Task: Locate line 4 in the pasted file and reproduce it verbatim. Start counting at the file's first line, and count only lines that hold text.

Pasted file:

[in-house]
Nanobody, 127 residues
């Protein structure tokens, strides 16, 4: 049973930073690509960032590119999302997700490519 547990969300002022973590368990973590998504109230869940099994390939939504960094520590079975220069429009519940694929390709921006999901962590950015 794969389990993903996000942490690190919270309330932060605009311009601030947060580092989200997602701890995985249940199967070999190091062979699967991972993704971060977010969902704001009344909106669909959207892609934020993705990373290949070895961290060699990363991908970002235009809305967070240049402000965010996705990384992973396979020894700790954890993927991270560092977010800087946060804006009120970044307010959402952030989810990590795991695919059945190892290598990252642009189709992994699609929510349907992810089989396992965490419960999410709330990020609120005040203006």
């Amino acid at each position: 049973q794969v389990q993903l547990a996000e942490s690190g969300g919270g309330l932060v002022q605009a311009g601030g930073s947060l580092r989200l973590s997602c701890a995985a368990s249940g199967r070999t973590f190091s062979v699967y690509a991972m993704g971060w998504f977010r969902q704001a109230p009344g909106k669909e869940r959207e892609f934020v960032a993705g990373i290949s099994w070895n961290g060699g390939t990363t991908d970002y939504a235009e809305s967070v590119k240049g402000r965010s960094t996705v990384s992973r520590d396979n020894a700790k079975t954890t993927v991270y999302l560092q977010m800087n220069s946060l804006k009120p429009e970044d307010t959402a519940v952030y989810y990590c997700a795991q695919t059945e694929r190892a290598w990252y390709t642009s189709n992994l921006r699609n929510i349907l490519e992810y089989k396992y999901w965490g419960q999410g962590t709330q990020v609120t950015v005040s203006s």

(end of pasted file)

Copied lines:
């Amino acid at each position: 049973q794969v389990q993903l547990a996000e942490s690190g969300g919270g309330l932060v002022q605009a311009g601030g930073s947060l580092r989200l973590s997602c701890a995985a368990s249940g199967r070999t973590f190091s062979v699967y690509a991972m993704g971060w998504f977010r969902q704001a109230p009344g909106k669909e869940r959207e892609f934020v960032a993705g990373i290949s099994w070895n961290g060699g390939t990363t991908d970002y939504a235009e809305s967070v590119k240049g402000r965010s960094t996705v990384s992973r520590d396979n020894a700790k079975t954890t993927v991270y999302l560092q977010m800087n220069s946060l804006k009120p429009e970044d307010t959402a519940v952030y989810y990590c997700a795991q695919t059945e694929r190892a290598w990252y390709t642009s189709n992994l921006r699609n929510i349907l490519e992810y089989k396992y999901w965490g419960q999410g962590t709330q990020v609120t950015v005040s203006s």